Tonsillitis is inflammation (swelling) of the tonsils.
Strep throat causes tonsil swelling.
The tonsils are lymph nodes in the back of the mouth and top of the throat. They normally help to filter out bacteria and other germs to prevent infection in the body.
A bacterial or viral infection can cause tonsillitis. Strep throat is a common cause.
The infection may also be seen in other parts of the throat. One such infection is called pharyngitis.
Tonsillitis is very common, especially in children.
The health care provider will look in the mouth and throat.
A rapid strep test can be done in most doctor's offices. However, this test may be normal, and you can still have strep. Your doctor may send the throat swab to a laboratory for a strep culture. Test results can take a few days.
Swollen tonsils that are not painful or do not cause other problems do not need to be treated. Your health care provider may not give you antibiotics. You may be asked to come back for a check up later.
If tests show you do have strep, your doctor will give you antibiotics. It is important to finish all of your antibiotics as directed by your doctor, even if you feel better. If you do not take them all, the infection can return.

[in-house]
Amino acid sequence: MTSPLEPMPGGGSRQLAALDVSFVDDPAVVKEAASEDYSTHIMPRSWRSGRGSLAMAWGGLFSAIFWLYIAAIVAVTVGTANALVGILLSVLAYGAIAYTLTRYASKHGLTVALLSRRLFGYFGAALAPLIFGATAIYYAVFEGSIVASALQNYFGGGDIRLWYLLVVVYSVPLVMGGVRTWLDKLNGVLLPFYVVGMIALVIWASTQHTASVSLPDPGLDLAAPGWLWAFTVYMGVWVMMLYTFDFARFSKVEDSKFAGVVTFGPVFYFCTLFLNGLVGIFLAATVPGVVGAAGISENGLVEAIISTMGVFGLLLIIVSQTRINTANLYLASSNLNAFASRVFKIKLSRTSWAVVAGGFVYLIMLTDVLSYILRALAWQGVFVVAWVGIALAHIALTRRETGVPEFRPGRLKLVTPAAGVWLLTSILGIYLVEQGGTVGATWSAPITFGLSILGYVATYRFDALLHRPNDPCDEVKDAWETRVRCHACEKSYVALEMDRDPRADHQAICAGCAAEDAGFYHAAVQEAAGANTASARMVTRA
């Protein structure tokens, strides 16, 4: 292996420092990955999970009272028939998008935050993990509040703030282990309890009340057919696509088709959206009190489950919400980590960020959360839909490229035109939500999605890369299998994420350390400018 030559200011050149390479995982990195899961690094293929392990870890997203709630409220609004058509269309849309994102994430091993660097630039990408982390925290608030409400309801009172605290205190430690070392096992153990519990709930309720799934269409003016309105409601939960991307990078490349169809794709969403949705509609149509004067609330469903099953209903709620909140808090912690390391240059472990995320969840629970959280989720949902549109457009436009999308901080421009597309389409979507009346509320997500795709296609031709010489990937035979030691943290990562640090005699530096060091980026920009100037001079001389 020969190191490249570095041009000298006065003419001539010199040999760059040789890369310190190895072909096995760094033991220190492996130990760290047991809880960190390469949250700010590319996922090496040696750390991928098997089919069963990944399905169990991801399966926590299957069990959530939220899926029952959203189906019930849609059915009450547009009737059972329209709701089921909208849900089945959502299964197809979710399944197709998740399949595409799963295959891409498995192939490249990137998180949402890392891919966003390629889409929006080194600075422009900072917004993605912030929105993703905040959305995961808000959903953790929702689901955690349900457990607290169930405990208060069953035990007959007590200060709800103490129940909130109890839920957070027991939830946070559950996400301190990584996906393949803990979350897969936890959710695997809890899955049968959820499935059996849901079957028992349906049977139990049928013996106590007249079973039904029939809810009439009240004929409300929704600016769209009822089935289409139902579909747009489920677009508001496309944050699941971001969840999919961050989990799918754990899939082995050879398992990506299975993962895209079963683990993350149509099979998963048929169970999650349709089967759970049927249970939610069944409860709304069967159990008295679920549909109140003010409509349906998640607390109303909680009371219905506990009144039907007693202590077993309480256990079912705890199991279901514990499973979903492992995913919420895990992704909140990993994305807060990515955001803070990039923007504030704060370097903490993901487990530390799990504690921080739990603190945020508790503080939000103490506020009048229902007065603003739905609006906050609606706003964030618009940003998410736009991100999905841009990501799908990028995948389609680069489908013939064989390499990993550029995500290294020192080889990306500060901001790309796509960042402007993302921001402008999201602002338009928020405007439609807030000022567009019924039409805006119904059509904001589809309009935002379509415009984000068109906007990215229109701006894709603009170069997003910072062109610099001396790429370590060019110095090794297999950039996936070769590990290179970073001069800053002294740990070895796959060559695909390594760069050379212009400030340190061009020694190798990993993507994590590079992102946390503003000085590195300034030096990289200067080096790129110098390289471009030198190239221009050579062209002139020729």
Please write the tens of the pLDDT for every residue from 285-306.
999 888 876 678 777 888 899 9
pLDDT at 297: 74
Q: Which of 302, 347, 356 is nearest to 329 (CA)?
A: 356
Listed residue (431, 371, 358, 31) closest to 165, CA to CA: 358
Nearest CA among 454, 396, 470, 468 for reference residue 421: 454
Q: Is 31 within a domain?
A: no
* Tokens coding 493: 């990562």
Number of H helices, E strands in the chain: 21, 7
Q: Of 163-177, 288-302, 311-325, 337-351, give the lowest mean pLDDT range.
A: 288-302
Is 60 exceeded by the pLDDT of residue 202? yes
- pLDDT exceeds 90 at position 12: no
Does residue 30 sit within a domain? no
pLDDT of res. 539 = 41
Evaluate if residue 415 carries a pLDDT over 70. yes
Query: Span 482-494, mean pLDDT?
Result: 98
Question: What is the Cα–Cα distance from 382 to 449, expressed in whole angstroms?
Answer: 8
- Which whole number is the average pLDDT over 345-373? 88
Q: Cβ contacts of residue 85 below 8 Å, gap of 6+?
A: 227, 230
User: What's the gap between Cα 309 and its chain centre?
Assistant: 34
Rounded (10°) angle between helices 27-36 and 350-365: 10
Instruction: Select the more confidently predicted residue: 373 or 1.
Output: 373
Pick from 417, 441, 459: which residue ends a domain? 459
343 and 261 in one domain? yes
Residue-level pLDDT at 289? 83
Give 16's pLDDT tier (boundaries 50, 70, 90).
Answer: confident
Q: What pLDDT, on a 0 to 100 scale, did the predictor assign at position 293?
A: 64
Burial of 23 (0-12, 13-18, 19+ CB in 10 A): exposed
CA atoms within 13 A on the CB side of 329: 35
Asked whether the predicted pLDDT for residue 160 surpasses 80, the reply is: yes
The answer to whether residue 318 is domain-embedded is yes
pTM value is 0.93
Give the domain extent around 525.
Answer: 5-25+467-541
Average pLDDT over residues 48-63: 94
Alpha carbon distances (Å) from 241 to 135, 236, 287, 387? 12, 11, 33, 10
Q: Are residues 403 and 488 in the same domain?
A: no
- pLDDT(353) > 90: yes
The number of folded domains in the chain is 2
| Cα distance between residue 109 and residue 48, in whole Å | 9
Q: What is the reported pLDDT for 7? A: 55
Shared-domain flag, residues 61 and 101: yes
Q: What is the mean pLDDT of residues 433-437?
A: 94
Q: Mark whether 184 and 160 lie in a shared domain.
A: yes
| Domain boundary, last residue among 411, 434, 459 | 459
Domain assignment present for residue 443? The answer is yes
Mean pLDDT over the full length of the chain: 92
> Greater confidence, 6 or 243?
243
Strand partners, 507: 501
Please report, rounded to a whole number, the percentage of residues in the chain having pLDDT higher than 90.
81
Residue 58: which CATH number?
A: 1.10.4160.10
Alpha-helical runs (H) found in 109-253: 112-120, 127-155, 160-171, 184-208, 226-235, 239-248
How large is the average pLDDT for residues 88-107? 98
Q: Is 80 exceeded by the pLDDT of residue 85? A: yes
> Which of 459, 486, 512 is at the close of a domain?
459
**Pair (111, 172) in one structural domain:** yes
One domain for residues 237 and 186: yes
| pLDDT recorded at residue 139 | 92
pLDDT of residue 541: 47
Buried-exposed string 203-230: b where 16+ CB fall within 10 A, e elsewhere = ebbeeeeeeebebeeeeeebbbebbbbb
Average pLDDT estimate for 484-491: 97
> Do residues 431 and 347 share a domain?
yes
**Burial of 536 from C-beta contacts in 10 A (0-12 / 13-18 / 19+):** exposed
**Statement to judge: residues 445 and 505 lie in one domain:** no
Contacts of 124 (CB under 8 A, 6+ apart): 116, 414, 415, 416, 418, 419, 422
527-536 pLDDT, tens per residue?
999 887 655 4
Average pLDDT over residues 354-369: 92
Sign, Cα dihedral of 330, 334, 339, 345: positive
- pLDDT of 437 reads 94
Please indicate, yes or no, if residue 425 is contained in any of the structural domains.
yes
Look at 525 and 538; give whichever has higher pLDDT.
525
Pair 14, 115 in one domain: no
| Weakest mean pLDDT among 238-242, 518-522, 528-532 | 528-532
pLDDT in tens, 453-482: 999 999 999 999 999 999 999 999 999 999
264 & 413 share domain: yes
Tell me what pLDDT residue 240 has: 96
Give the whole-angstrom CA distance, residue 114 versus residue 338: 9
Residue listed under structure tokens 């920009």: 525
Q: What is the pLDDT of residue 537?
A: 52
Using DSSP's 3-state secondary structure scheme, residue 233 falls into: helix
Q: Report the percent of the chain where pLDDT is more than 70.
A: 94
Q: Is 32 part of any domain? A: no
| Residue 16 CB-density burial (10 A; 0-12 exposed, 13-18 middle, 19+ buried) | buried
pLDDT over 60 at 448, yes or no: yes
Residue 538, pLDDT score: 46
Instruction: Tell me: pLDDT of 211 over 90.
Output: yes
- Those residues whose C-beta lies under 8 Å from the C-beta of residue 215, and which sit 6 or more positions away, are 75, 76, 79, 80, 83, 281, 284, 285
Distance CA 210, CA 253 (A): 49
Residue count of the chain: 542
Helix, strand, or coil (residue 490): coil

The following tips may help your throat feel better:
Some people who have repeated infections may need surgery to remove the tonsils (tonsillectomy).
Tonsillitis symptoms due to strep usually get better about 2 or 3 days after you start the antibiotics.
Children with strep throat should generally be kept home from school or day care until they have been on antibiotics for 24 hours. This helps reduce the spread of illness.
Call your health care provider if there is:
Wetmore RF. Tonsils and adenoids. In: Kliegman RM,Behrman RE, Jenson HB, Stanton BF, eds.Nelson Textbook of Pediatrics.19th ed. Philadelphia, Pa: Saunders Elsevier; 2011:chap 375.
Del Mar CB, Glasziou PP, Spinks A. Antibiotics for sore throat. Cochrane Database Syst Rev. 2008:(3):CD000023.
Updated by: Neil K. Kaneshiro, MD, MHA, Clinical Assistant Professor of Pediatrics, University of Washington School of Medicine. Also reviewed by A.D.A.M. Health Solutions, Ebix, Inc., Editorial Team: David Zieve, MD, MHA, David R. Eltz, Stephanie Slon, and Nissi Wang.
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